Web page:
I really like that quote from Oedipus at Colonus. Aside from the drama and grossness of the story, I think that quote really makes anyone who read it question their planning in life and take a step back to see if their life is in check. It makes them think, Wow, is everything that I’m doing really worth it in the end? Am I actually going to be happy? And that’s what happened to me when I read it.
I really like to be organized with planning my schedule, (it’s the only thing that I’m organized at). When I read it, I thought about everything that I stressed over so it would fit in my schedule, everything that caused me trauma so that I could go to an event that was not supposed to be on that day, everything I had to reschedule, reevaluate, double and triple check that things weren’t overlapping. I just had to think about if all that fuss was worth it.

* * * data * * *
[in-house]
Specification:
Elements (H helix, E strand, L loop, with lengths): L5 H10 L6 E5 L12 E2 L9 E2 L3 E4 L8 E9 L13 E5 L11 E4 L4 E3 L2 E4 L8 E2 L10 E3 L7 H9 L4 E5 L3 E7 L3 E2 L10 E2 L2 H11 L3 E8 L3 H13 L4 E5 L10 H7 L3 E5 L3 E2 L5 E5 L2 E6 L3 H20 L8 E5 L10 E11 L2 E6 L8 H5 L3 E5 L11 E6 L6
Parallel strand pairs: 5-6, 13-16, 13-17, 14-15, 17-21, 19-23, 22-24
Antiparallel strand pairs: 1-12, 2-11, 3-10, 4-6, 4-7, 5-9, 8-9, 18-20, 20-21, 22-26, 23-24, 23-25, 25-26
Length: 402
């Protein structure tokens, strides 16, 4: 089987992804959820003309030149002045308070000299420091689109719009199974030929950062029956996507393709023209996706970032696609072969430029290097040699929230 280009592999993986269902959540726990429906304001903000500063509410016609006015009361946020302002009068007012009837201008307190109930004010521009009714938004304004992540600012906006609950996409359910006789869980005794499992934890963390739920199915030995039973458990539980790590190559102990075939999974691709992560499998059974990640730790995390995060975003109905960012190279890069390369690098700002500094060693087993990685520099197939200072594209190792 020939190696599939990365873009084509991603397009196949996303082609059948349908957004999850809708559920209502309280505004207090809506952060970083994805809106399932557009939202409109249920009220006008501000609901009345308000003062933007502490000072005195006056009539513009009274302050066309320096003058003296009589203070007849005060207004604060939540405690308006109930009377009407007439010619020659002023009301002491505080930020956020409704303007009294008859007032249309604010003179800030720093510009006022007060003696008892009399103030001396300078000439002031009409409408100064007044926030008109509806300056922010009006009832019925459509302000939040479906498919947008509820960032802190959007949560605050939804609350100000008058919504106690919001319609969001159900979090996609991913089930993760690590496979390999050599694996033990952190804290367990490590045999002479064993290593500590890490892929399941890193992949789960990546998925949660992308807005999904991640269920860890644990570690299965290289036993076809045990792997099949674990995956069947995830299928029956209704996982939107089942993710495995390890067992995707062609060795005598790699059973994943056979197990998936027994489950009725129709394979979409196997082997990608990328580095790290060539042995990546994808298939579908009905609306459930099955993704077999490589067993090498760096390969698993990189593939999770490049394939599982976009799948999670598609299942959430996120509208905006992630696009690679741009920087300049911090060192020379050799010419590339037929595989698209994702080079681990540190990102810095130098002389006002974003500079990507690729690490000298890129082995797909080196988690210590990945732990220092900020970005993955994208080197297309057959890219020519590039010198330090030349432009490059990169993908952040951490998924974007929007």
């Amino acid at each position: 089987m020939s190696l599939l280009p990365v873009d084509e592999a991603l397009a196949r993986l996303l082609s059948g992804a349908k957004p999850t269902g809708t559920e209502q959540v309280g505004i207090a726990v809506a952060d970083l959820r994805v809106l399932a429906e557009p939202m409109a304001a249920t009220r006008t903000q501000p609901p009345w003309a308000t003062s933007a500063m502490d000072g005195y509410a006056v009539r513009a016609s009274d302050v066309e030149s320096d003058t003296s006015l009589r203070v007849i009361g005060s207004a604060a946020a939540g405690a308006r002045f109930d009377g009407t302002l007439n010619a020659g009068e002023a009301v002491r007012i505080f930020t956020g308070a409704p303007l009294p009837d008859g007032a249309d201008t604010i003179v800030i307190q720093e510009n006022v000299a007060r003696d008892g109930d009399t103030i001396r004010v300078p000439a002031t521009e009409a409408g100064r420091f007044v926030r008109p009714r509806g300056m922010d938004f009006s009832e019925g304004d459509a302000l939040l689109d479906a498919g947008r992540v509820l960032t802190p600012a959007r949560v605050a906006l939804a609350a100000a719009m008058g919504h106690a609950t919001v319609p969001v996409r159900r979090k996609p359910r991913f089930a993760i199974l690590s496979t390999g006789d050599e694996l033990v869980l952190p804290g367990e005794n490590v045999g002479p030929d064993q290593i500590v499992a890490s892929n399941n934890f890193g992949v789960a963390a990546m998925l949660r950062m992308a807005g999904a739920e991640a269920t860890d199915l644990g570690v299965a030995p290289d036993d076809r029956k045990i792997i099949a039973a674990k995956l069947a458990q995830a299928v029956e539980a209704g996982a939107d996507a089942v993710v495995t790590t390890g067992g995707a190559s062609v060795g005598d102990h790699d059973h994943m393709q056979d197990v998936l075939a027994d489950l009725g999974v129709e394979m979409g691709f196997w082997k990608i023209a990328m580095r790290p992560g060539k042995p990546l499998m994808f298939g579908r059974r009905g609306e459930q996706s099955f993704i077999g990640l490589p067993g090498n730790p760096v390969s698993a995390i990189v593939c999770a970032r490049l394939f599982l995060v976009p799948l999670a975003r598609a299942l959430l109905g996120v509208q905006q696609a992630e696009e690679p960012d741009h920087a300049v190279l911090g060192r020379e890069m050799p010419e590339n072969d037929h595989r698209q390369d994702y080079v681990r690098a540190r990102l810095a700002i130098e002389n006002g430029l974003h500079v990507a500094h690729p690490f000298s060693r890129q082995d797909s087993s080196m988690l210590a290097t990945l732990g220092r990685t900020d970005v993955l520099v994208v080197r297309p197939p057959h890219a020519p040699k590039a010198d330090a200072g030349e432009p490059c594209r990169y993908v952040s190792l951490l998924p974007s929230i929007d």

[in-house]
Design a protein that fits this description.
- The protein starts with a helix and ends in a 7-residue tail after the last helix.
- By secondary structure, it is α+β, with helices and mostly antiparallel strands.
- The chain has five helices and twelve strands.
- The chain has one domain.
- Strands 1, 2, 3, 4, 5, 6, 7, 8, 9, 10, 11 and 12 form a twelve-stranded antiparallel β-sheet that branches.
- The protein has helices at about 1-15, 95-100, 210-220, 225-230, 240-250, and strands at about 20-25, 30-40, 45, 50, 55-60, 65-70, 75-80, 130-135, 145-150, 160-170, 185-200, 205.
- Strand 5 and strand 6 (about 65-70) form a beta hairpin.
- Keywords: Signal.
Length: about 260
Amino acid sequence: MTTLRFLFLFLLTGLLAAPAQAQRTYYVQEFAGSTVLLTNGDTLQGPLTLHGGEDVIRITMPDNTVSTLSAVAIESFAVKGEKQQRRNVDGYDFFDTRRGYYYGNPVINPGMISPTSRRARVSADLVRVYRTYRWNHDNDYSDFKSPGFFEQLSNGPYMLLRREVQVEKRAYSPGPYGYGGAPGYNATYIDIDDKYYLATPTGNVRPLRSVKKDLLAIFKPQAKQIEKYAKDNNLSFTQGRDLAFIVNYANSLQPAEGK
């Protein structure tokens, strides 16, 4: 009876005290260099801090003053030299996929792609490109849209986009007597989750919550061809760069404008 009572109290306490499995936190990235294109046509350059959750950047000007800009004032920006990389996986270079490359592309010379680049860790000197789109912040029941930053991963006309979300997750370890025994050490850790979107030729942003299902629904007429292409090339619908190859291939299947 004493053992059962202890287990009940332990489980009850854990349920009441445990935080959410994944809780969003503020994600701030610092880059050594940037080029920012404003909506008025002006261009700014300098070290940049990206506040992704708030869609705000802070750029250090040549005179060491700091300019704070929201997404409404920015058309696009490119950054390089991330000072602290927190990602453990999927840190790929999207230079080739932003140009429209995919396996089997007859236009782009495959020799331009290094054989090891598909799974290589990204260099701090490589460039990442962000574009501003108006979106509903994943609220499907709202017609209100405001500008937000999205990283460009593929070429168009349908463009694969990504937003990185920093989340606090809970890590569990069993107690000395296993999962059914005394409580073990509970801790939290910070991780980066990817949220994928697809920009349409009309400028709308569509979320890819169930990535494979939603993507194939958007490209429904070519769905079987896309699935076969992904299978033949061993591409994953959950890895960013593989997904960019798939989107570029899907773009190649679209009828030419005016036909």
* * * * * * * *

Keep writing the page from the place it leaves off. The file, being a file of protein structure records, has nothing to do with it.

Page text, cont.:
As a deep thinker, I contemplated this over many days and I came to realize, yes, it is worth it. It is all worth it. I am a strongly believe that the feeling of accomplishment is one of the best feelings, if not, the best feeling in the world. To struggle and endure to get to what you want and how you want it exactly is an amazing feeling in the end.
So when Oedipus asks the question, “Is this misfortune if it brings contentment?”, it isn’t. No situation is a ‘misfortune’. It is all about mindset and how you take a bad situation and make it a good situation. Antigone is the one that is in the worst place throughout the story, the one that can be considered the most unfortunate character, yet she never complains. It’s because she’s enduring all the hardships and is able to do what none of her siblings can. I think that’s an amazing accomplishment.
But in the real world where there aren’t prophecies that tell us of our downfall and the betrayal of siblings that causes riots throughout a whole nation, we need to think about our accomplishments and not think that the process is a misfortune. The fact that we worked through it to get where we needed to get should give us the contentment we desire.